Frequently Asked Questions

  • Myth: Cannabis is a Gateway Drug

Fact: Research has debunked the notion of cannabis as a gateway drug, suggesting that the majority of cannabis users do not go on to use harder substances.

  • Myth: Legalization Leads to Increased Youth Usage

Fact: Studies from regions where cannabis has been legalized have shown no significant increase in cannabis usage among young people.

  • Myth: Cannabis has no Medicinal Value

Fact: Cannabis has been found to have medicinal properties that can aid in pain relief, anxiety management, and various other medical conditions.

  • Myth: Cannabis Legalization will lead to Increased Road Accidents

Fact: While concerns around impaired driving are valid, education, regulation, and robust law enforcement can mitigate these risks.

  • Myth: Cannabis Legalization will Result in Widespread Abuse

Fact: Legalization can enable better regulation and education, which are key to preventing abuse.

  • Myth: Legalization will Result in a Loss of Productivity

Fact: There’s no substantial evidence to support the claim that cannabis legalization leads to decreased productivity. In fact, some studies suggest that medical cannabis can improve quality of life, which may enhance productivity.

  • Myth: Cannabis Legalization is a Slippery Slope to Legalizing All Drugs

Fact: Each substance has its own unique profile of risks and benefits, and the discussion around legalization should be nuanced and substance-specific. The end of alcohol prohibition did not cause cannabis legalization.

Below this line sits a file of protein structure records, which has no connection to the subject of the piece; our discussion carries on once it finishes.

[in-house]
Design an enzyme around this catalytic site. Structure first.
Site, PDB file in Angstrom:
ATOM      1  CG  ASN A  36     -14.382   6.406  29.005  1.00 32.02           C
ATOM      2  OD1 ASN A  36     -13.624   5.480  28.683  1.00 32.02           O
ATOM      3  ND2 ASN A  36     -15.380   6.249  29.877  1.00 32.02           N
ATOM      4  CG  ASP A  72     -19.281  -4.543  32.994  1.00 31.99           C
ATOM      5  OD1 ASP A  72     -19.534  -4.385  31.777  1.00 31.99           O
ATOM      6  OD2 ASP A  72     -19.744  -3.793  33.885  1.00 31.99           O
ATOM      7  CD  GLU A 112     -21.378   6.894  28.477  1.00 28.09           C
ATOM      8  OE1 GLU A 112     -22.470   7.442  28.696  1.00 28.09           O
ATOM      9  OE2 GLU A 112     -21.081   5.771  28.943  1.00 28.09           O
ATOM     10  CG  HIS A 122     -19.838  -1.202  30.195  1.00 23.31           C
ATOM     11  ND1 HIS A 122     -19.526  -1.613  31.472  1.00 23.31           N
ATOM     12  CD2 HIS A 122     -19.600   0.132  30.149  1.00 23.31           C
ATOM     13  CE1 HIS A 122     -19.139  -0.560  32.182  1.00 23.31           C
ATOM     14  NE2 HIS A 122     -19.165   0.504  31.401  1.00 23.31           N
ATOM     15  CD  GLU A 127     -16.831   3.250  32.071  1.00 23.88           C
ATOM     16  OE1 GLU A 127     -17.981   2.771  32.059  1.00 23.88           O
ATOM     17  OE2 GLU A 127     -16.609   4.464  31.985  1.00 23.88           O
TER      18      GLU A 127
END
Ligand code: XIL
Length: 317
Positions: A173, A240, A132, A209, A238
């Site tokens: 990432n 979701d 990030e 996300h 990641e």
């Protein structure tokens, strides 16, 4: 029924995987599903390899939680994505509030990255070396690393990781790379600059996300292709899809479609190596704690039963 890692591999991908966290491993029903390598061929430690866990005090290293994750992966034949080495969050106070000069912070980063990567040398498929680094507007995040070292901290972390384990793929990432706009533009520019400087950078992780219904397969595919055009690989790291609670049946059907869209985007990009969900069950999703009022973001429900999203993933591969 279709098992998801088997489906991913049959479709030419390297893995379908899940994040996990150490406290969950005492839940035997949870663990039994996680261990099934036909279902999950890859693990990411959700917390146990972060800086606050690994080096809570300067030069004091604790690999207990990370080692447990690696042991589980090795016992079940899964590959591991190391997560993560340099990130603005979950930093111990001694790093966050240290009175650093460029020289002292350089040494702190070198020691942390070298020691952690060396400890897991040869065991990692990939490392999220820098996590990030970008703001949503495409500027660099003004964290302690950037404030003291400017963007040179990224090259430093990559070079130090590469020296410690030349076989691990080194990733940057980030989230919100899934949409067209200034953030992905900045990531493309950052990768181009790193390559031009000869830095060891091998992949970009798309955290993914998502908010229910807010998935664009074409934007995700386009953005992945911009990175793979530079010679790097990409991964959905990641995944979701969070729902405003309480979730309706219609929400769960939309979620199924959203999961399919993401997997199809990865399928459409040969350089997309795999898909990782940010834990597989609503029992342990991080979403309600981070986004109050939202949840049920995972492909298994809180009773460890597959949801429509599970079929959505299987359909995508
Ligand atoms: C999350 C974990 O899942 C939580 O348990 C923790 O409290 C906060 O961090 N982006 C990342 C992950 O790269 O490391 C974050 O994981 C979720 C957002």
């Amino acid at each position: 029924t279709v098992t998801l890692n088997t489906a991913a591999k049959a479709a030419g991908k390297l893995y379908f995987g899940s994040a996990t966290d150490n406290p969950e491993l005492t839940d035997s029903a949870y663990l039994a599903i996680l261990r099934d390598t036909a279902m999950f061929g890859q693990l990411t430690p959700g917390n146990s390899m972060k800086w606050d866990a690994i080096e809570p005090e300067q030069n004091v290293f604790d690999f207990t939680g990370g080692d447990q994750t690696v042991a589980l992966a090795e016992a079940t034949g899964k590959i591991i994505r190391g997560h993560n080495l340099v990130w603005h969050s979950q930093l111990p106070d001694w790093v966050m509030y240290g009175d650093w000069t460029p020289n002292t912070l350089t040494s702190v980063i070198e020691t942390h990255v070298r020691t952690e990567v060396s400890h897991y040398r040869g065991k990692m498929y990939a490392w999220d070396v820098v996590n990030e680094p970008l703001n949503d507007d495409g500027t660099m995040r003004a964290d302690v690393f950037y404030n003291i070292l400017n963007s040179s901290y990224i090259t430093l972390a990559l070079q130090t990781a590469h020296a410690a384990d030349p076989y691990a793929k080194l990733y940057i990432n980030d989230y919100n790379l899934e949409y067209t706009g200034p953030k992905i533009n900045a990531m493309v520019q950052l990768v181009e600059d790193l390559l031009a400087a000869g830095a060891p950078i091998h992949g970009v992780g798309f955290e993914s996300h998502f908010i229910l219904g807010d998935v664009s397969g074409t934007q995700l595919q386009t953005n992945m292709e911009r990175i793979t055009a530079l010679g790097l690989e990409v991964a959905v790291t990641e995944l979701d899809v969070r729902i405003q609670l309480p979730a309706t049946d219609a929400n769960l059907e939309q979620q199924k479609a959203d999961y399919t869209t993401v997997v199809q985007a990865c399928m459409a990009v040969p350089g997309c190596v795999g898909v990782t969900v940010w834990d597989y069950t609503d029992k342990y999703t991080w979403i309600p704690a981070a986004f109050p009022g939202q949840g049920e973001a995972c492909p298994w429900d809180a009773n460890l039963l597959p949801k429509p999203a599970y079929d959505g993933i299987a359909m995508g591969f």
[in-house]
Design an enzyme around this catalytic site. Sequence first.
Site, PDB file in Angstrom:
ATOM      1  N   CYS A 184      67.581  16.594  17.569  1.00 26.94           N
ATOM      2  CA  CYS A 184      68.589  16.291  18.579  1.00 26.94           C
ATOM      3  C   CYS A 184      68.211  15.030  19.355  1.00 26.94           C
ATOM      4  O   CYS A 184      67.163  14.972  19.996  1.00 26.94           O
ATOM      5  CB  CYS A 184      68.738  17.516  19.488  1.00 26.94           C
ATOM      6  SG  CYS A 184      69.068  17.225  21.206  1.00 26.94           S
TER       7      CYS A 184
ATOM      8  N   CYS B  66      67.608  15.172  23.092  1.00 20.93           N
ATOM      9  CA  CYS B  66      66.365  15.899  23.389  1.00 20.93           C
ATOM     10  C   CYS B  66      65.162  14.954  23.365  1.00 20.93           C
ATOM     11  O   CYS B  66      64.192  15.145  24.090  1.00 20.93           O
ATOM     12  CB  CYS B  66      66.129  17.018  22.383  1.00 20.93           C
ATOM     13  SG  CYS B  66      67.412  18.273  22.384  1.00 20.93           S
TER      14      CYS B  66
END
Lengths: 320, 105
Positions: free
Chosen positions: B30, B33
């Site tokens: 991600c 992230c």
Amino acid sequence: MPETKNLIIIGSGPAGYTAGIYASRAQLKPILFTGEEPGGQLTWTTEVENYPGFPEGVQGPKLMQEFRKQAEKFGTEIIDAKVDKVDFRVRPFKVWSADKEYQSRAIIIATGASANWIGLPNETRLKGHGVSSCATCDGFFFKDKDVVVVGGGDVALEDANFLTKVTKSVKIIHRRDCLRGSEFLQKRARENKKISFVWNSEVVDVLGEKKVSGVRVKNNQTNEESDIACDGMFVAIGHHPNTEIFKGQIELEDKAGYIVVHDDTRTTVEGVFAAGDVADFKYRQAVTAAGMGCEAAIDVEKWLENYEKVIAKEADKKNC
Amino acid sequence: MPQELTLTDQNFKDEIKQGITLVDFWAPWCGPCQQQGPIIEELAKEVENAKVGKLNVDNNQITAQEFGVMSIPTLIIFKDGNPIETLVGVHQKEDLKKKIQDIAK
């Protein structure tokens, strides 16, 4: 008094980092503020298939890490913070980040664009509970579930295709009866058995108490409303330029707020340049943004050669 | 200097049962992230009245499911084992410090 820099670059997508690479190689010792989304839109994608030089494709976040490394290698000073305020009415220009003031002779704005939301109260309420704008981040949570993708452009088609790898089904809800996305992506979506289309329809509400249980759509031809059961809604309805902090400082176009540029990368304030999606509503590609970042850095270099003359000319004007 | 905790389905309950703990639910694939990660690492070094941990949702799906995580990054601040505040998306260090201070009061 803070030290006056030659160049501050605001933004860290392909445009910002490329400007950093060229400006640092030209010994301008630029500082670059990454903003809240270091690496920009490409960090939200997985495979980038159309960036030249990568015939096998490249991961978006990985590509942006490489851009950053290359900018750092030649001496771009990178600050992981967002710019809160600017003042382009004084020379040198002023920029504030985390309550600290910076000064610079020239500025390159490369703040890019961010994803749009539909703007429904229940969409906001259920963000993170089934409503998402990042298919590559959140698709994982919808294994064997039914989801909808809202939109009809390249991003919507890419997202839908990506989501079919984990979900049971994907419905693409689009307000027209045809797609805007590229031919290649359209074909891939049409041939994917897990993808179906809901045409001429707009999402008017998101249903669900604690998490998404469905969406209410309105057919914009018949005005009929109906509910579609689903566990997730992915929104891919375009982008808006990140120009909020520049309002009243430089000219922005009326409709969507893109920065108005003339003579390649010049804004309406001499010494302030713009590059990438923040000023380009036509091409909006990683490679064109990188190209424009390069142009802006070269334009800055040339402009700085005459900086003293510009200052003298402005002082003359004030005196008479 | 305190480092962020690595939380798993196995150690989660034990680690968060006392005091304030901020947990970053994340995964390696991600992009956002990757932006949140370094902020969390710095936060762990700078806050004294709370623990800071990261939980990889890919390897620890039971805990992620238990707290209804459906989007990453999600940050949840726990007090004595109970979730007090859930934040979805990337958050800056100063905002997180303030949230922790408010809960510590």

• Myth: Cannabis is Highly Addictive

Fact: Cannabis has a lower addiction rate compared to substances like alcohol and nicotine.

  • Myth: Legalization will lead to Increased Crime

Fact: Legalization can actually lead to a reduction in certain types of crime by moving the cannabis market out of the shadows.

  • Myth: Cannabis Legalization will Burden the Healthcare System

Fact: Cannabis legalization can potentially lead to a reduction in the use of other, more harmful substances like opioids, which in turn could lessen the burden on the healthcare system.

  • Myth: Cannabis Impairs Long-term Cognitive Function

Fact: While heavy use, especially in adolescence, may have cognitive effects, moderate use by adults appears to have minimal, if any, long-term impact on cognition.

  • Myth: There’s a Strong Link Between Cannabis Use and Psychotic Disorders

Fact: While there may be a link between heavy cannabis use and psychotic disorders, the relationship is complex and not fully understood. Many individuals with pre-existing conditions might self-medicate with cannabis.

  • Myth: Cannabis Causes Lung Cancer

Fact: Unlike tobacco, cannabis has not been conclusively linked to lung cancer. Some studies suggest that cannabis may even have anti-cancer properties, though more research is needed.